1.   The statute reaches anyone who “knowingly and with intent to defraud traffics in or uses one or more unauthorized access devices during any one-year period, and by such conduct obtains anything of value aggregating $1,000 or more during that period;  ․ if the offense affects interstate or foreign commerce․”  18 U.S.C. § 1029(a)(2).   Defendant was liable as a co-conspirator under a separate provision in the statute.   Id. § 1029(b)(2).

2.   Section 3663A, entitled “Mandatory restitution to victims of certain crimes,” states in relevant part:(a)(1) Notwithstanding any other provision of law, when sentencing a defendant convicted of an offense described in subsection (c), the court shall order, in addition to, or in the case of a misdemeanor, in addition to or in lieu of, any other penalty authorized by law, that the defendant make restitution to the victim of the offense or, if the victim is deceased, to the victim's estate.(2) For the purposes of this section, the term “victim” means a person directly and proximately harmed as a result of the commission of an offense for which restitution may be ordered including, in the case of an offense that involves as an element a scheme, conspiracy, or pattern of criminal activity, any person directly harmed by the defendant's criminal conduct in the course of the scheme, conspiracy, or pattern. .    .    .    .    .(c)(1) This section shall apply in all sentencing proceedings for convictions of, or plea agreements relating to charges for, any offense-(A) that is-(i) a crime of violence, as defined in section 16;(ii) an offense against property under this title, including any offense committed by fraud or deceit;  or(iii) an offense described in section 1365 (relating to tampering with consumer products);  and(B) in which an identifiable victim or victims has suffered a physical injury or pecuniary loss.(2) In the case of a plea agreement that does not result in a conviction for an offense described in paragraph (1), this section shall apply only if the plea specifically states that an offense listed under such paragraph gave rise to the plea agreement.(3) This section shall not apply in the case of an offense described in paragraph (1)(A)(ii) if the court finds, from facts on the record, that-(A) the number of identifiable victims is so large as to make restitution impracticable;  or(B) determining complex issues of fact related to the cause or amount of the victim's losses would complicate or prolong the sentencing process to a degree that the need to provide restitution to any victim is outweighed by the burden on the sentencing process.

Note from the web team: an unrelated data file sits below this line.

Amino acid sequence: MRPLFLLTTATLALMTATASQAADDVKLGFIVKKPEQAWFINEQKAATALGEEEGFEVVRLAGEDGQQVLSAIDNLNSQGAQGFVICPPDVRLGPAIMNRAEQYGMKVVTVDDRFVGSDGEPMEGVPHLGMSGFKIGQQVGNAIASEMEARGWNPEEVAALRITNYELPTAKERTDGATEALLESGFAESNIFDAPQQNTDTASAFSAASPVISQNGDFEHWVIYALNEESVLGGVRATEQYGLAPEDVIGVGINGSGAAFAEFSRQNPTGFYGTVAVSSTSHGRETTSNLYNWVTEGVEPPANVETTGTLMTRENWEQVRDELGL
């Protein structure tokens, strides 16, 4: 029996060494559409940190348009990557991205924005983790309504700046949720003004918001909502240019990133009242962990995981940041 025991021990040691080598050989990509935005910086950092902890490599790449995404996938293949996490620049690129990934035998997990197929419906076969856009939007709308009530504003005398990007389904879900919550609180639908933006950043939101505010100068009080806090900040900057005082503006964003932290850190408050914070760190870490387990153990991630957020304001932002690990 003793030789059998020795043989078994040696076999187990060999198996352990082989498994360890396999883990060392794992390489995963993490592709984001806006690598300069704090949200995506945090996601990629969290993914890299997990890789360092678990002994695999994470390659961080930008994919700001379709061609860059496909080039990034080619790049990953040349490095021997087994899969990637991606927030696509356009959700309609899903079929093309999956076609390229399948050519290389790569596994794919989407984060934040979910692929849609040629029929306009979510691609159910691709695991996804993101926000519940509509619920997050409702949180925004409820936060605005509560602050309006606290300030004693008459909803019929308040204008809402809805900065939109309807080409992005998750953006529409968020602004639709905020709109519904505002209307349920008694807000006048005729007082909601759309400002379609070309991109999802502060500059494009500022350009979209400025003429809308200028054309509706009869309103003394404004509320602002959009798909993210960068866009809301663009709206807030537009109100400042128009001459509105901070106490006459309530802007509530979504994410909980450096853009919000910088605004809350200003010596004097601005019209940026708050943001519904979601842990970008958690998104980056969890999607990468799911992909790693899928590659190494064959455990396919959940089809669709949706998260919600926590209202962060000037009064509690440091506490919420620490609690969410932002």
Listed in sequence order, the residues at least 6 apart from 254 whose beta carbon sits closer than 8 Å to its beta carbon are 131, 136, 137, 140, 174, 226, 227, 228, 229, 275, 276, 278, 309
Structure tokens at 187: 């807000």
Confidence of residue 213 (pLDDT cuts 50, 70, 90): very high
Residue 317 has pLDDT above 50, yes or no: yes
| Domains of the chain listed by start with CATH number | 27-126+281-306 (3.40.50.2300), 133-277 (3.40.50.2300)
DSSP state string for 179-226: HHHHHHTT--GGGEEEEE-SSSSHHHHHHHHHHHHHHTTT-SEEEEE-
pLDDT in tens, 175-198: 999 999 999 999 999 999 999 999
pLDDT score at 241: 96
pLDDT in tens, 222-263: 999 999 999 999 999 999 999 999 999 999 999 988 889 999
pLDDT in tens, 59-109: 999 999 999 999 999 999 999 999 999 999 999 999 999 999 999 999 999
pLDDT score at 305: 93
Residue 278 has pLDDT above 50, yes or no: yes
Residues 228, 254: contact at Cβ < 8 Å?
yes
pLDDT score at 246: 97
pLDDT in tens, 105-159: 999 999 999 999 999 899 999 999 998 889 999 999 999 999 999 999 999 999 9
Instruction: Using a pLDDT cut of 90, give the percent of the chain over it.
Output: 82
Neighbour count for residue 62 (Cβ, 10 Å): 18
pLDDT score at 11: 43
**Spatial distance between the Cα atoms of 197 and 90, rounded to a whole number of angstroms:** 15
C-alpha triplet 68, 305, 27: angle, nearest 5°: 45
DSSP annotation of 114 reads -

3.   Restitution is limited to amounts “directly caused by the conduct composing the offense of conviction,” or those amounts that defendant “expressly agree[s] to” pursuant to the plea agreement.   United States v. Silkowski, 32 F.3d 682, 689 (2d Cir.1994).   Here, the plea agreement merely indicates that the sentencing judge “will order [defendant] to pay restitution.”   It does not specify any victims or amounts.   Thus, the scope of restitution must be found by looking to the authority granted by the statute.

WEIS, Circuit Judge.

Copied to clipboard